A selection of King Island producers – King Island Multi-Species Abattoir Group, is expected to finalise the purchase of land this week with plans to have the abattoir up and running within three months time.
The ex JBS Swift abattoir which is located at Currie was closed in September last year, resulting in the island’s farmers having to ship their cattle to the JBS Longford plant.
Chairman of the King Island Multi-Species Abattoir Group, Chris Porter said that the opening of the abattoir will be highly beneficial to local producers especially in regards to avoiding costly freight charges to the mainland, however the project is somewhat dependant on government funding, The Weekly Times Now reports.
Porter says that the state government made a commitment to provide funding for the project last year and that a figure of around $1m was spoken about, but never made official or put in writing. However Porter believes that they may be able to complete the project for less than that figure.
“We are now at the situation where subject to the approval of government funding, we will be ready to call for tenders Australia wide for an operator,” said Porter.
“One of the functions of the abattoir will be to slaughter unshippable cattle and there’s a big back log of those on the island.
“We have the support from smaller producers and plan to slaughter cattle, lambs but also wallabies suitable for the human consumption market.”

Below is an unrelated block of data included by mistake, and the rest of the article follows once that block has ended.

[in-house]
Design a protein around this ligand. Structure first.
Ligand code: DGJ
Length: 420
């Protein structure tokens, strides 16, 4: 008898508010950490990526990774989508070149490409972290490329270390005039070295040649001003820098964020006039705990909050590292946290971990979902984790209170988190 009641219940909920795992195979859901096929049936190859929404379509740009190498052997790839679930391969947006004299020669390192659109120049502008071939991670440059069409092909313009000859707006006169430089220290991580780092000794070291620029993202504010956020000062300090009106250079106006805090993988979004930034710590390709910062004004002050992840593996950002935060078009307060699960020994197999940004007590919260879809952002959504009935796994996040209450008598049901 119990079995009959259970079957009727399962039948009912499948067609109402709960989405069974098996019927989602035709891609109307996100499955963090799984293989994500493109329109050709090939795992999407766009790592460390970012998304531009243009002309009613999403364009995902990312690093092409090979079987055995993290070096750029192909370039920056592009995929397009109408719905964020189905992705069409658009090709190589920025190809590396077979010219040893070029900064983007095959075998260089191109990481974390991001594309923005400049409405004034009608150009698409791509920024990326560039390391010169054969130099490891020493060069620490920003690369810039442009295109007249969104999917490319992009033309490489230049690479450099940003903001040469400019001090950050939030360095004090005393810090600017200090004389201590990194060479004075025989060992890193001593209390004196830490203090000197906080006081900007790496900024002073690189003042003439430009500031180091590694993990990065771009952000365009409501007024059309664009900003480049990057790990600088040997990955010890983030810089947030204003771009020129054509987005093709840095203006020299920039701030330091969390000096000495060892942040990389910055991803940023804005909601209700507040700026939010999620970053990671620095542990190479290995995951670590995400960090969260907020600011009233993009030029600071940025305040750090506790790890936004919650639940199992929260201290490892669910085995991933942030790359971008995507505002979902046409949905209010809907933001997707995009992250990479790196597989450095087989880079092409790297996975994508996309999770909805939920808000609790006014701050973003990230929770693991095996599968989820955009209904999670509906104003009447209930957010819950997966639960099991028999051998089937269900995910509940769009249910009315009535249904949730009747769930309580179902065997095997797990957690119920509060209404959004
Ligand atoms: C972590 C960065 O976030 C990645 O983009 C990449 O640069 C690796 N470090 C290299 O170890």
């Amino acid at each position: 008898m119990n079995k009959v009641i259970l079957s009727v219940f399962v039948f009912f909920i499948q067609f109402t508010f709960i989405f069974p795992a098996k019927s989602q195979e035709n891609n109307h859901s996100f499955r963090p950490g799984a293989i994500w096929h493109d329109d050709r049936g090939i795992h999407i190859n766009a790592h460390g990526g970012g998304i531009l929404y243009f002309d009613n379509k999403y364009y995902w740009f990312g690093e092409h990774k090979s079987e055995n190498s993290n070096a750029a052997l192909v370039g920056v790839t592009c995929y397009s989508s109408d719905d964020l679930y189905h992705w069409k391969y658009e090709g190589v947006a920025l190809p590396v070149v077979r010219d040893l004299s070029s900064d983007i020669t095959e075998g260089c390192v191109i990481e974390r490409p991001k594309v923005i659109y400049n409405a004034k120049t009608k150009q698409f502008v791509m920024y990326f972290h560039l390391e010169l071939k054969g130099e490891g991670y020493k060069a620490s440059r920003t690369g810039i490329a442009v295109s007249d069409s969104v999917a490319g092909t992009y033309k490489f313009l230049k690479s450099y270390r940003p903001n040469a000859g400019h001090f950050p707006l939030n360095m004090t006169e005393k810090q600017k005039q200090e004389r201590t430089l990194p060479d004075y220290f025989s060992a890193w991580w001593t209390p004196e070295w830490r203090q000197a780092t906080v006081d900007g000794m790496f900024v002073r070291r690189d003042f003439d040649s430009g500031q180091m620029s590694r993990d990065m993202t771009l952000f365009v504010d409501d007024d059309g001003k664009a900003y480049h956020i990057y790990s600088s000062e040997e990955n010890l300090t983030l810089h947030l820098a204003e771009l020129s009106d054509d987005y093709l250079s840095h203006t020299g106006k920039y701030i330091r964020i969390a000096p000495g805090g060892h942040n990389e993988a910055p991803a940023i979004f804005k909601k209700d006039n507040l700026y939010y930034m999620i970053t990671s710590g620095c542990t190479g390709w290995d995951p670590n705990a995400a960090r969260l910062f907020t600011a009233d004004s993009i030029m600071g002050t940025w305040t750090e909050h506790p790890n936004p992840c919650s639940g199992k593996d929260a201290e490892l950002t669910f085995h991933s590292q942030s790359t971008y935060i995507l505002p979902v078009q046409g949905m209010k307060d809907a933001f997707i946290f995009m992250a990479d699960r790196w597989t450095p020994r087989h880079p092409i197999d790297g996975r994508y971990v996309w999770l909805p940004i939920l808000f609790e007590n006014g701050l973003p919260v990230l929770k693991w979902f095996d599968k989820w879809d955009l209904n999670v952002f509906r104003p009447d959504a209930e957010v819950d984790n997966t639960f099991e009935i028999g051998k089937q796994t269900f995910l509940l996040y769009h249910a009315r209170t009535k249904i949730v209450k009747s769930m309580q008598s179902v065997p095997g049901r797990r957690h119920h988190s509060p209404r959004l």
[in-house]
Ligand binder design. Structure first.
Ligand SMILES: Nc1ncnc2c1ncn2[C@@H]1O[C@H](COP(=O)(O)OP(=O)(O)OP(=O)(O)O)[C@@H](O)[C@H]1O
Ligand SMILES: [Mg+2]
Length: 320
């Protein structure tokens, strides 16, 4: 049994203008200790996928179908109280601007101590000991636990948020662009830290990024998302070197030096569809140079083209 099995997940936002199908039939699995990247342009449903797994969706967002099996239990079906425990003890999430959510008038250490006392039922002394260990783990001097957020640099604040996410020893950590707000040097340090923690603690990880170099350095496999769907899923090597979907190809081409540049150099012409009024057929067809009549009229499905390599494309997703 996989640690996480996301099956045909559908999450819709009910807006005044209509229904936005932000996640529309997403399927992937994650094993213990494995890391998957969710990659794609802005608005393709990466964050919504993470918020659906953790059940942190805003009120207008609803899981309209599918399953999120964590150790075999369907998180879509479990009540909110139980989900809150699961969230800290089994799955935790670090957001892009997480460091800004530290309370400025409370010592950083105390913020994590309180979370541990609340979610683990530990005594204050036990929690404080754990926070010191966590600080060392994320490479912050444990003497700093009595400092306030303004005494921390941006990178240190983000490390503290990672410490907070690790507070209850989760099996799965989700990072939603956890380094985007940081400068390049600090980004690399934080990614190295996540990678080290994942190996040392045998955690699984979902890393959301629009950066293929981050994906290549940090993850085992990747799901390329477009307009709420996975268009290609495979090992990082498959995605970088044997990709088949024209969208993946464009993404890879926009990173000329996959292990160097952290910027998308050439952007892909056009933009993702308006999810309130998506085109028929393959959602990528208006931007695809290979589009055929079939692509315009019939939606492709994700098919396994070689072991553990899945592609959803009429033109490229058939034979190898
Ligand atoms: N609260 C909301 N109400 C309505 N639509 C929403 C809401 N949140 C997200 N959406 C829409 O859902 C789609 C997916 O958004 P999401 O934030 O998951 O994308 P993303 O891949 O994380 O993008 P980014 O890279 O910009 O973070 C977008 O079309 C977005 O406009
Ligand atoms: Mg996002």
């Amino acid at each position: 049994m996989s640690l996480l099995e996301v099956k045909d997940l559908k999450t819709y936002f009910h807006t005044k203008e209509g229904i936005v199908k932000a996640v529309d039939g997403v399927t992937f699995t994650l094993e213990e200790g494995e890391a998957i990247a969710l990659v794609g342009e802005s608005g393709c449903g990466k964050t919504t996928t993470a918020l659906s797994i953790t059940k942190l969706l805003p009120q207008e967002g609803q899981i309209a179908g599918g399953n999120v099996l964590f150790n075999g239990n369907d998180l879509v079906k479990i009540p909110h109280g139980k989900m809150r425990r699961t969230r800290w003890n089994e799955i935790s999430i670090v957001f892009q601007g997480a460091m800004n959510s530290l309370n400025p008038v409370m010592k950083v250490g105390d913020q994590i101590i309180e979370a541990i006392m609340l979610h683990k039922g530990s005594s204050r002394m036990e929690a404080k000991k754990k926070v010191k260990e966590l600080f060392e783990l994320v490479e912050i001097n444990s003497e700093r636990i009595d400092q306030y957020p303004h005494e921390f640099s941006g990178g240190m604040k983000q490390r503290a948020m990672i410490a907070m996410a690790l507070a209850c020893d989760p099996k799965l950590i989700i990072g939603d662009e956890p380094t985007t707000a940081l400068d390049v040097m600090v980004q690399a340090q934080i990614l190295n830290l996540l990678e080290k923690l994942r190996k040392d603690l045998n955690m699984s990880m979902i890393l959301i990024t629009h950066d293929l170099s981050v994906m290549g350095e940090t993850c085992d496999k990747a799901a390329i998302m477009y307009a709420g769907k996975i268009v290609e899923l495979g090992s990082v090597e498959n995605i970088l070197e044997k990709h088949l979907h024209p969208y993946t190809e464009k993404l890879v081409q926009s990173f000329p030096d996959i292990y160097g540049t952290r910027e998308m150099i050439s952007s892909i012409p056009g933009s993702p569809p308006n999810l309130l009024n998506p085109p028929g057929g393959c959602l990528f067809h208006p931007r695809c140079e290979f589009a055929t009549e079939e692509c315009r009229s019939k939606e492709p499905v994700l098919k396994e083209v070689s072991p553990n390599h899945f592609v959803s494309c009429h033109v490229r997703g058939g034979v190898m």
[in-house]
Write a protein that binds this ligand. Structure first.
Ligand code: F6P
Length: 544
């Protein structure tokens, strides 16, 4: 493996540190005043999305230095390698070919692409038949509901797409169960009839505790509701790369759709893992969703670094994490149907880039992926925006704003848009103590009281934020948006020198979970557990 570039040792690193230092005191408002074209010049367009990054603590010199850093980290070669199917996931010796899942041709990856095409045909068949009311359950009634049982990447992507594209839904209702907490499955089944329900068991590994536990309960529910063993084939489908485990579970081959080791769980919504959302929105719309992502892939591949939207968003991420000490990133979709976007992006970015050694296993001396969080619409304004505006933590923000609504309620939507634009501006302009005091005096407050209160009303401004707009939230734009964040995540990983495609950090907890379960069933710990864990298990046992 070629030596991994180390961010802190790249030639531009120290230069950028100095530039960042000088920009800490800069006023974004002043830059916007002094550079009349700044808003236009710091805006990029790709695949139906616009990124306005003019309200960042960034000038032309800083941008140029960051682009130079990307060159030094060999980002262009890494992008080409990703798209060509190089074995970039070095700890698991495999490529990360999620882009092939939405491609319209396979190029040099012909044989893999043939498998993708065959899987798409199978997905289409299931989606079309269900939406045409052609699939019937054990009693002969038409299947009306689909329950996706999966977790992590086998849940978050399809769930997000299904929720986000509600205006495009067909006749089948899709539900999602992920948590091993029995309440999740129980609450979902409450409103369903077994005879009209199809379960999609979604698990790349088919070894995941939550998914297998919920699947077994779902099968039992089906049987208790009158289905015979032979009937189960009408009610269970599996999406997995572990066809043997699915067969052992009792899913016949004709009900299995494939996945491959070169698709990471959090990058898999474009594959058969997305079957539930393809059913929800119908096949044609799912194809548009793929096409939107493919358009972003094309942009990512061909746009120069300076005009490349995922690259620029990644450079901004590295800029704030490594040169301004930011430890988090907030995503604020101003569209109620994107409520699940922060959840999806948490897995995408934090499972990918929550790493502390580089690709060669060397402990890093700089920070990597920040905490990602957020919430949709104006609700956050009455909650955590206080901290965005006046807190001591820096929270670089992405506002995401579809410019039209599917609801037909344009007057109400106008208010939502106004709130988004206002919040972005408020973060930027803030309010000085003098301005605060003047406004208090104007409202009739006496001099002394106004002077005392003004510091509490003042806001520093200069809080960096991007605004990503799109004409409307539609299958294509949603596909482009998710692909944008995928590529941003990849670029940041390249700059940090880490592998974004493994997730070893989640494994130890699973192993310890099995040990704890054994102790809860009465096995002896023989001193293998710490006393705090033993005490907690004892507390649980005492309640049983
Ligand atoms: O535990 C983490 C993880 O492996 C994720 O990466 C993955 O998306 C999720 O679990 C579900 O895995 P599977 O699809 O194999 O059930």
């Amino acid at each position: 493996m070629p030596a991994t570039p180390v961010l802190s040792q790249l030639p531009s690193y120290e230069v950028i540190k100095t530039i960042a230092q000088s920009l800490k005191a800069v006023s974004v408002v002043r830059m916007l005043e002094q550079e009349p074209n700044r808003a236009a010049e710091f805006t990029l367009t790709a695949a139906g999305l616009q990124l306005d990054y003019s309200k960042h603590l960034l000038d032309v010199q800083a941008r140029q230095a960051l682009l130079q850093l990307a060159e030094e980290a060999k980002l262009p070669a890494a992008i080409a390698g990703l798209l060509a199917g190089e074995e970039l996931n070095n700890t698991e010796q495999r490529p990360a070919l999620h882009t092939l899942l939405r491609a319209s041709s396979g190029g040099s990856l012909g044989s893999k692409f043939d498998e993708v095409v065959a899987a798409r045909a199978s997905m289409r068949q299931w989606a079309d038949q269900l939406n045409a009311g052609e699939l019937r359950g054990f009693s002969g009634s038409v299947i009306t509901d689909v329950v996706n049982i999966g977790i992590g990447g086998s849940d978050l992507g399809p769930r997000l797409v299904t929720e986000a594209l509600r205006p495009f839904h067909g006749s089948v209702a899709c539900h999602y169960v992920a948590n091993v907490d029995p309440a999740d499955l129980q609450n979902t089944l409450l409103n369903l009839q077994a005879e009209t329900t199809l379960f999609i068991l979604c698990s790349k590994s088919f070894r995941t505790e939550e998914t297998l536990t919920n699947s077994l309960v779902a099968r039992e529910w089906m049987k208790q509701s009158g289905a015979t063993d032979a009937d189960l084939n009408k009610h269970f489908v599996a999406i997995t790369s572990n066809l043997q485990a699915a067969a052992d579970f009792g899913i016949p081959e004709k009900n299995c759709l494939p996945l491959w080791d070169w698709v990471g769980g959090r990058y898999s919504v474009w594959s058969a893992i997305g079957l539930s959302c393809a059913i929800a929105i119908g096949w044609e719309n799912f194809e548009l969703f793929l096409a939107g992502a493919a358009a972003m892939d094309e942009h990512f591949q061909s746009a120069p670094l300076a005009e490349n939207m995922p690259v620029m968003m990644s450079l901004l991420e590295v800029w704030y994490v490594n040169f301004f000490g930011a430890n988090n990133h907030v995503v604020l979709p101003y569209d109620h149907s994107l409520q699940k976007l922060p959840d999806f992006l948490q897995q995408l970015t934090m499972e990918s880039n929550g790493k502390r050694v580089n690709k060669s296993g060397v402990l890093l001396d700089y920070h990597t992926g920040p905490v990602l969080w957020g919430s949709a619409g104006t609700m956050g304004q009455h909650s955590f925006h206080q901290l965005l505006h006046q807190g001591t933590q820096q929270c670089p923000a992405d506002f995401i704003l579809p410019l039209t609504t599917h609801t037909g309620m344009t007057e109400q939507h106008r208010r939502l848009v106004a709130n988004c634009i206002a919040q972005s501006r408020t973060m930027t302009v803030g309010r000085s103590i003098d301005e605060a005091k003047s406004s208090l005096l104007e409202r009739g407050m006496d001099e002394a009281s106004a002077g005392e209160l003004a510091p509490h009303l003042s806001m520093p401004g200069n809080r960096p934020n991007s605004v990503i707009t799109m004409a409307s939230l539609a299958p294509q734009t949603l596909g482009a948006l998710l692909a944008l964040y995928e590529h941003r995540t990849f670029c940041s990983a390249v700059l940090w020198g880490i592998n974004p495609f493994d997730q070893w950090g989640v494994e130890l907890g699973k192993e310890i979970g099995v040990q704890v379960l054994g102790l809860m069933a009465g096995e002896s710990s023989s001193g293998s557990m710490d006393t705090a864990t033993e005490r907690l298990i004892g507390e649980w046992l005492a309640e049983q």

As a proposed solution to costly freight charges, the Tasmanian Government offered to provide $30 per head of King Island Cattle shipped to the mainland for processing, providing that producers met the Target 120 program run by the Department of Primary Industries Parks Water and Environment.
Porter says that figures set out by the DPI are not viable for smaller producers and that the new producer run abattoir is a far better solution for local farmers.
“Whilst it looks like a fine gesture from the government, in real terms, people with small number so cattle to ship will find that entering into this project to access the funds will be too much work and trouble,” he said.
Tasmanian Primary Industries Minister, Bryan Green said that the DPI’s cattle transport initiative was developed to help producers increase profitability.
“By taking part in the program they will also receive $30 per head of cattle to offset transport costs and improve productivity,” Mr Green said.
“We are working with farmers to help them lift profitability and sustain beef production on the island for the long-term.”